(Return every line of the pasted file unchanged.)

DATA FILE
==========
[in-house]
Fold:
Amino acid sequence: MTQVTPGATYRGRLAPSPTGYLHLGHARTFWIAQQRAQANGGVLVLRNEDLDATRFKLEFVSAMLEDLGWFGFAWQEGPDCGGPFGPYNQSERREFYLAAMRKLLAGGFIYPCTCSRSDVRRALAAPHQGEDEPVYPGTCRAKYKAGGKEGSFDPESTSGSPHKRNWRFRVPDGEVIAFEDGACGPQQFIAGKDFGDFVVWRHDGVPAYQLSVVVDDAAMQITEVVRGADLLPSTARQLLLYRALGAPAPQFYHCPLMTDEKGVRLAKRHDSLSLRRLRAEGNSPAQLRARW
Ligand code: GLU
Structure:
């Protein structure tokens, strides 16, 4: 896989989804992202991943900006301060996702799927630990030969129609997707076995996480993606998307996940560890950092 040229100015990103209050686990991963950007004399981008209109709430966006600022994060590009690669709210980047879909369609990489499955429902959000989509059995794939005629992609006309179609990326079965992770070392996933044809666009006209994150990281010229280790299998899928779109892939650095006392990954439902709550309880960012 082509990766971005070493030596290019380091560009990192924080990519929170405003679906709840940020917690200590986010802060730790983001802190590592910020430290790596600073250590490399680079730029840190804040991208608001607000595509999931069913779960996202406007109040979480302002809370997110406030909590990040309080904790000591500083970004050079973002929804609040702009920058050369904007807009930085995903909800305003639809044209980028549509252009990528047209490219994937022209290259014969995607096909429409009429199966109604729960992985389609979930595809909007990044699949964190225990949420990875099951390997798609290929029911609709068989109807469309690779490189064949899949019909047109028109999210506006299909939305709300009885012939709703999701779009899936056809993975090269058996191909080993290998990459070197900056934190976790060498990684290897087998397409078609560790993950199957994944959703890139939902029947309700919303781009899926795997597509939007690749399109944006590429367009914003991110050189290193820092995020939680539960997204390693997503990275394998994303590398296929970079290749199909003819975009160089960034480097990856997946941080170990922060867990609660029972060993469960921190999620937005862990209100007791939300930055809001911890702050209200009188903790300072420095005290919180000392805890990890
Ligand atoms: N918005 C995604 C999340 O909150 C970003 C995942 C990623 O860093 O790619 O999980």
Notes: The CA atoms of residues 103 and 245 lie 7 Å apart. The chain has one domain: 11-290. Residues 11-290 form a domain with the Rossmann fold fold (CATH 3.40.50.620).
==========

[in-house]
Fold:
Amino acid sequence: MTQVTPGATYRGRLAPSPTGYLHLGHARTFWIAQQRAQANGGVLVLRNEDLDATRFKLEFVSAMLEDLGWFGFAWQEGPDCGGPFGPYNQSERREFYLAAMRKLLAGGFIYPCTCSRSDVRRALAAPHQGEDEPVYPGTCRAKYKAGGKEGSFDPESTSGSPHKRNWRFRVPDGEVIAFEDGACGPQQFIAGKDFGDFVVWRHDGVPAYQLSVVVDDAAMQITEVVRGADLLPSTARQLLLYRALGAPAPQFYHCPLMTDEKGVRLAKRHDSLSLRRLRAEGNSPAQLRARW
Ligand code: GLU
Structure:
């Protein structure tokens, strides 16, 4: 896989989804992202991943900006301060996702799927630990030969129609997707076995996480993606998307996940560890950092 040229100015990103209050686990991963950007004399981008209109709430966006600022994060590009690669709210980047879909369609990489499955429902959000989509059995794939005629992609006309179609990326079965992770070392996933044809666009006209994150990281010229280790299998899928779109892939650095006392990954439902709550309880960012 082509990766971005070493030596290019380091560009990192924080990519929170405003679906709840940020917690200590986010802060730790983001802190590592910020430290790596600073250590490399680079730029840190804040991208608001607000595509999931069913779960996202406007109040979480302002809370997110406030909590990040309080904790000591500083970004050079973002929804609040702009920058050369904007807009930085995903909800305003639809044209980028549509252009990528047209490219994937022209290259014969995607096909429409009429199966109604729960992985389609979930595809909007990044699949964190225990949420990875099951390997798609290929029911609709068989109807469309690779490189064949899949019909047109028109999210506006299909939305709300009885012939709703999701779009899936056809993975090269058996191909080993290998990459070197900056934190976790060498990684290897087998397409078609560790993950199957994944959703890139939902029947309700919303781009899926795997597509939007690749399109944006590429367009914003991110050189290193820092995020939680539960997204390693997503990275394998994303590398296929970079290749199909003819975009160089960034480097990856997946941080170990922060867990609660029972060993469960921190999620937005862990209100007791939300930055809001911890702050209200009188903790300072420095005290919180000392805890990890
Ligand atoms: N918005 C995604 C999340 O909150 C970003 C995942 C990623 O860093 O790619 O999980």
Notes: The CA atoms of residues 103 and 245 lie 7 Å apart. The chain has one domain: 11-290. Residues 11-290 form a domain with the Rossmann fold fold (CATH 3.40.50.620).